It’s an exciting year for cash-out refinancing, which is expected to take a bigger share of the refinancing pie due to rising rates. In a cash-out refinance, your home is a piggy bank where you store and extract money from. When is the right time to refinance and withdraw cash out of your home?
When There Is Enough Equity
The equity you built in your home is one of the main deciding factors when doing a cash-out refinance. An ideal scenario is for your loan value to your home value (LTV) ratio reaching 80% or 85%. Depending on the lender and the type of mortgage, you may be able to borrow within that threshold.
With a cash-out refinance, you pocket the difference between your old loan’s balance and the new loan’s balance in cash.
For example, you have a $200,000 loan with a $160,000 balance and you’re looking to fund a portion of your child’s university costs or make an important home improvement worth $20,000. Your lender may give you a $180,000 loan with the $20,000 available for cash-out purposes.
When Home Values Are Increasing
The fastest way to build equity is when home prices are rising. The Federal Housing Finance Agency and the Federal Housing Administration have acknowledged this trend when they respectively raised the limits on conforming and FHA loans for 2017.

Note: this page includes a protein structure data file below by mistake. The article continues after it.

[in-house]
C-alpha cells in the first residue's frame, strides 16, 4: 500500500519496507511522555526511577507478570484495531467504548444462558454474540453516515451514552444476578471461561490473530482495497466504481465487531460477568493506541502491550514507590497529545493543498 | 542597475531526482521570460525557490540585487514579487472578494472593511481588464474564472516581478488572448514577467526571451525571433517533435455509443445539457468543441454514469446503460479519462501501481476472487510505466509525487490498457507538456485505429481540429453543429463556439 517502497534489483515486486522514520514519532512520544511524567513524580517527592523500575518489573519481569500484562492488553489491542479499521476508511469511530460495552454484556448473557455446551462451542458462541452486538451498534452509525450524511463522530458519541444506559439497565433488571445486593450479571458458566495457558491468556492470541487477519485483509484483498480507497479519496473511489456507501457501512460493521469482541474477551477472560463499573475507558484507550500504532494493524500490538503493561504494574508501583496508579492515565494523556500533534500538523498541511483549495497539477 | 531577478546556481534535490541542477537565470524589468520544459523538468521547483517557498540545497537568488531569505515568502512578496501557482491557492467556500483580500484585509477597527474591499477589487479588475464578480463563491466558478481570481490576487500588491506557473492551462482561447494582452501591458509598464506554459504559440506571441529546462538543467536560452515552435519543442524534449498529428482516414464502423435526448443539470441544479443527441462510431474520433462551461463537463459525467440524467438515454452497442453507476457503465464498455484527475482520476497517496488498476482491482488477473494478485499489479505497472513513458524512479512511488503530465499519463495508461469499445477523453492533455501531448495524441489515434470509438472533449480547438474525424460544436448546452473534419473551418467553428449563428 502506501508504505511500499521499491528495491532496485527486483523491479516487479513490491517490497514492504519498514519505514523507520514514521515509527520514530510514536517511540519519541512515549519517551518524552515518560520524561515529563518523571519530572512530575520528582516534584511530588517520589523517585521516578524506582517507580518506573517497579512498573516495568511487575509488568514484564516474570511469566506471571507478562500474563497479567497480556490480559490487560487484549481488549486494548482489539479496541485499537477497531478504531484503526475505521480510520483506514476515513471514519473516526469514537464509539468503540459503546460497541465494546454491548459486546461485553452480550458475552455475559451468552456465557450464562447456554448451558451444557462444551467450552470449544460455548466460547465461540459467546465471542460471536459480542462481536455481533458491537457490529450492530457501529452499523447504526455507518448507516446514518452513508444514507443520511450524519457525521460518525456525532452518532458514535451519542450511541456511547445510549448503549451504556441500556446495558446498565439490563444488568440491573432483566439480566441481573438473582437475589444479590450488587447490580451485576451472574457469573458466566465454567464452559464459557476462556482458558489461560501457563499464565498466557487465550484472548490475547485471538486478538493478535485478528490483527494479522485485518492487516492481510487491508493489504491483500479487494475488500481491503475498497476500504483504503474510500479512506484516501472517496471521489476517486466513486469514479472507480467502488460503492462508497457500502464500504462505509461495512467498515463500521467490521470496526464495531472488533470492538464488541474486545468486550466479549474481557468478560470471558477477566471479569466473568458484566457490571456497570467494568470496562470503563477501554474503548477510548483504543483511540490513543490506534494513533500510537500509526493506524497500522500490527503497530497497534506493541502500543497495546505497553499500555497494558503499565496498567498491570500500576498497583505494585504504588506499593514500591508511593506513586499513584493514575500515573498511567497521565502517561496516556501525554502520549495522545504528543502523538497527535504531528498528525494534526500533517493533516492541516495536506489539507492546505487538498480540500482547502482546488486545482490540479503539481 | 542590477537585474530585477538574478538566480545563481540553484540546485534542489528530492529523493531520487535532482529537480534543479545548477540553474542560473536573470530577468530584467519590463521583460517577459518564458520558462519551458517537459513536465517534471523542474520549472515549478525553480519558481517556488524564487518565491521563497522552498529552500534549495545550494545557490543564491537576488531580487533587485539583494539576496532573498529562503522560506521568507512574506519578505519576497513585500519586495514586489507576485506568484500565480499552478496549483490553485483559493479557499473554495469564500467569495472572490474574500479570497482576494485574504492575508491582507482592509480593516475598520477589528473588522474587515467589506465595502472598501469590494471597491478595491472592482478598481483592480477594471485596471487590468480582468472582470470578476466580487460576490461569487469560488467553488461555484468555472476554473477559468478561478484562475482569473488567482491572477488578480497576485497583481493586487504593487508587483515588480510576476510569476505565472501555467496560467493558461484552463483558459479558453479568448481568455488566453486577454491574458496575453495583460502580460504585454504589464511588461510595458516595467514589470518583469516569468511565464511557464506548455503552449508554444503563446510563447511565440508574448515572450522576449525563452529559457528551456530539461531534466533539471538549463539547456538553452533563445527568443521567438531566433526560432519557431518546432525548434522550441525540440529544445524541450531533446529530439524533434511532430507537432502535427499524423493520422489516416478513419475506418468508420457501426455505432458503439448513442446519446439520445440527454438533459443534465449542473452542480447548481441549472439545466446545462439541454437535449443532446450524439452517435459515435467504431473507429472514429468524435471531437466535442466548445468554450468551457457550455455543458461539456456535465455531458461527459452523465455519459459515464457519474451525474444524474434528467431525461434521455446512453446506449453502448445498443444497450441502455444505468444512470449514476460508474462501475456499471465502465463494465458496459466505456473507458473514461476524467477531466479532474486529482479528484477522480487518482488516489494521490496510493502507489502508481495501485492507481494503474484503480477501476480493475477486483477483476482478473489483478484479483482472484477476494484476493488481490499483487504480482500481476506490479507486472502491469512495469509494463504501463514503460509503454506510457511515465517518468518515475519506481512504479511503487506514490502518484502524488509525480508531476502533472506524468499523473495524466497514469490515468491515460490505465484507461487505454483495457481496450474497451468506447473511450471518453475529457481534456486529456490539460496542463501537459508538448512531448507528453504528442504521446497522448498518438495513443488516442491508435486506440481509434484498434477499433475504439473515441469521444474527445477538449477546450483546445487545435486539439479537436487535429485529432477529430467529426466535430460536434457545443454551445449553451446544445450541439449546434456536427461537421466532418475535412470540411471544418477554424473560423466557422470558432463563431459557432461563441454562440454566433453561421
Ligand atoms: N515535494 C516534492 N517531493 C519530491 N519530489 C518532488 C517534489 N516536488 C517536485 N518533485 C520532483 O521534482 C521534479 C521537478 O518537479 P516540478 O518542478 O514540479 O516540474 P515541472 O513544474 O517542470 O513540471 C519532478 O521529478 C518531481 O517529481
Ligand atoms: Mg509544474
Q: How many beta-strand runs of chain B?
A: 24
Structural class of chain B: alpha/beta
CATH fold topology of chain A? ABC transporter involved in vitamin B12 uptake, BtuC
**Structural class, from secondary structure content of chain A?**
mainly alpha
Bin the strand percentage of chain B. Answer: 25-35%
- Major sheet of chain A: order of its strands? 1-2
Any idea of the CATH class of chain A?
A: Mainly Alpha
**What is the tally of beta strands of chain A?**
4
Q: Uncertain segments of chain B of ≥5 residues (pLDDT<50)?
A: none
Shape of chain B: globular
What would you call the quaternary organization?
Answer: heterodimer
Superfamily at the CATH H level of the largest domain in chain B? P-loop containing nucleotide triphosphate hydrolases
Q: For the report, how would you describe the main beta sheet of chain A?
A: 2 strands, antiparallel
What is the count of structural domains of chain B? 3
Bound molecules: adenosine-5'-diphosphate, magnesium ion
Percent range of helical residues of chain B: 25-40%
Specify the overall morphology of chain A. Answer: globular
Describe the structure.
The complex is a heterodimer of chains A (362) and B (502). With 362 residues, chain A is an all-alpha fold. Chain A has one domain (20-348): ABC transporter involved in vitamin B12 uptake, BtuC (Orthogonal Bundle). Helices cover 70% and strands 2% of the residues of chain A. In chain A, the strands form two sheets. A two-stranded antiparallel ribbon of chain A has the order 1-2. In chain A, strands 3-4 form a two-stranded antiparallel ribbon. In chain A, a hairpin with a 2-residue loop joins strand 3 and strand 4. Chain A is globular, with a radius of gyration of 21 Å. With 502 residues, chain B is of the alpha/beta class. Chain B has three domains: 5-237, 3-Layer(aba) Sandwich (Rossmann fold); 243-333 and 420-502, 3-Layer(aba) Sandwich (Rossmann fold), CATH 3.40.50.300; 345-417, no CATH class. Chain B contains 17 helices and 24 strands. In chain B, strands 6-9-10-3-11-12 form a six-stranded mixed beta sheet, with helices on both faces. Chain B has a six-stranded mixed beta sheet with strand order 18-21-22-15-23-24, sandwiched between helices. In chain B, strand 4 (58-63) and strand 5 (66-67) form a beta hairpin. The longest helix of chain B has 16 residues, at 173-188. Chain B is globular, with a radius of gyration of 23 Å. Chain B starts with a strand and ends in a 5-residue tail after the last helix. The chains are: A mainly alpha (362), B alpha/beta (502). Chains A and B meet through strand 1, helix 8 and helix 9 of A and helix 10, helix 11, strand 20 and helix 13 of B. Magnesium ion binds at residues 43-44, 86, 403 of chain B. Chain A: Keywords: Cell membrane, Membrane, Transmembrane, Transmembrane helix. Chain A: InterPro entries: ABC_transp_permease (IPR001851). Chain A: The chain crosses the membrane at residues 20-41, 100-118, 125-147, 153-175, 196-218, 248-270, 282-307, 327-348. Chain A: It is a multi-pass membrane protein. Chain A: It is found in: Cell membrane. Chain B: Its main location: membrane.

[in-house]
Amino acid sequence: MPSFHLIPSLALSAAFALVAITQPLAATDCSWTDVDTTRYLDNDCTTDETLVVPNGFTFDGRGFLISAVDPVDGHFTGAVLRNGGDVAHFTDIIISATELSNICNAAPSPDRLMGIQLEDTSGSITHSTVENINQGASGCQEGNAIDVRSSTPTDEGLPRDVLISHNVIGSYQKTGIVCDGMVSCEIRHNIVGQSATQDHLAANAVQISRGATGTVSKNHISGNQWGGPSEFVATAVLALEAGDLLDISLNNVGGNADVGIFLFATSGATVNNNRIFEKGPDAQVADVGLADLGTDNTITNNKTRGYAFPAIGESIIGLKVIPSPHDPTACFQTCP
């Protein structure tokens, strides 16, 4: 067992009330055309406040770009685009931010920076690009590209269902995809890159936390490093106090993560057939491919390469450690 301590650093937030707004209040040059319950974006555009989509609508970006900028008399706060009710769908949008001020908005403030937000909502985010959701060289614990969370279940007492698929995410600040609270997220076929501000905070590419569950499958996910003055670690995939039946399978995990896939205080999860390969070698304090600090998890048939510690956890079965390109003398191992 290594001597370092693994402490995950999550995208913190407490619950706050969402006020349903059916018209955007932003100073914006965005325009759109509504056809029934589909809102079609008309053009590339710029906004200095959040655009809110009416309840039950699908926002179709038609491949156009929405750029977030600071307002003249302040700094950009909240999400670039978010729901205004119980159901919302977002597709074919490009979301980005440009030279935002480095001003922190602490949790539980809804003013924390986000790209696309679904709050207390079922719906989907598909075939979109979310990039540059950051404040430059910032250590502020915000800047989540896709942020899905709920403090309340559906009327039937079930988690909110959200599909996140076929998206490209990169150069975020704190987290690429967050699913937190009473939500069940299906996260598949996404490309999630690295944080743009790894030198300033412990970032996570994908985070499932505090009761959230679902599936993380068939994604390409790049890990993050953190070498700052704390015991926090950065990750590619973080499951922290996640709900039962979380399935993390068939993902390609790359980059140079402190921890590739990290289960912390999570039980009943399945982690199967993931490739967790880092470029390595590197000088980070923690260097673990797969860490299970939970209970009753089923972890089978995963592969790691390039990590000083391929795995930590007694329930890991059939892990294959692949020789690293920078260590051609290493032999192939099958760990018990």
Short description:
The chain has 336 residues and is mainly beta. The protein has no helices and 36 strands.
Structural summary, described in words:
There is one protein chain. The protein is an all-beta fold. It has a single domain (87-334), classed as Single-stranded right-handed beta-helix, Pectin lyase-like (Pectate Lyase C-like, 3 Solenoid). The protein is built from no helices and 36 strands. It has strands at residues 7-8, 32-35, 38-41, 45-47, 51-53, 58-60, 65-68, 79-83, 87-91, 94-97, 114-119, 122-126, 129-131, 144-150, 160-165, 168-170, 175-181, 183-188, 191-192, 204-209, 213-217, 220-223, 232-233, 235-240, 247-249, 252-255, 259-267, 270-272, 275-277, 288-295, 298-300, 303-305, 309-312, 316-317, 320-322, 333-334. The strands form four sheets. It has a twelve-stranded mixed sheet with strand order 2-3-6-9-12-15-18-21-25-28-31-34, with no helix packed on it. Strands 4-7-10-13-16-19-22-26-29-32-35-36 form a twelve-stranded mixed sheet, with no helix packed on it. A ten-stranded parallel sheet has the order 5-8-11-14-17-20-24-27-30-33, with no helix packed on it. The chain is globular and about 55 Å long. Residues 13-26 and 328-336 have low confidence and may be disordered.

When you do a cash-out refinance, leave at least 20% of your home equity. This serves as a safety cushion for the lender in the event of default and for your future uses as well. If you borrow more than 80%, you may end up paying for a mortgage insurance.
When the Purpose Is Worth the Refinance
There could be various reasons why you decided to borrow against your accumulated equity. One of the most common purposes is debt consolidation.
Compared to paying debts using credit cards, taking cash out to pay off debts via refinancing comes with a lower interest rate. Plus, there’s a chance the home mortgage interest could qualify as a deduction on your tax returns.
When the Benefits Outweigh the Costs
Regardless of the reason, make sure it is financially sound enough to merit a refinance. The general rules of refinancing still apply to a cash-out refinance, such as:
- How long do you plan to stay in the home? Given that you have to open a new loan and close it with a new set of costs, you should occupy that home for a couple of years to recoup the costs and realize the benefits of refinancing.
- How long you’ve been in your loan? It would not make much sense to refinance if you are halfway into your 30-year mortgage. By that time, more of your payment goes to the principal than the interest. If you do take out a shorter-term loan, you can repay it faster at higher monthly payments.
- How are your credit, debt-to-income, and financial situation in general? If your credit has improved since taking out the loan, you may qualify for a lower rate, which is the goal of any refinancing. If not, you may have to negotiate with your lender or pay points. Lenders would also examine if your current income is enough to take on a new debt and if you are able to repay the loan given your present circumstances.
When those factors align, that’s the best time to do a cash-out refinance.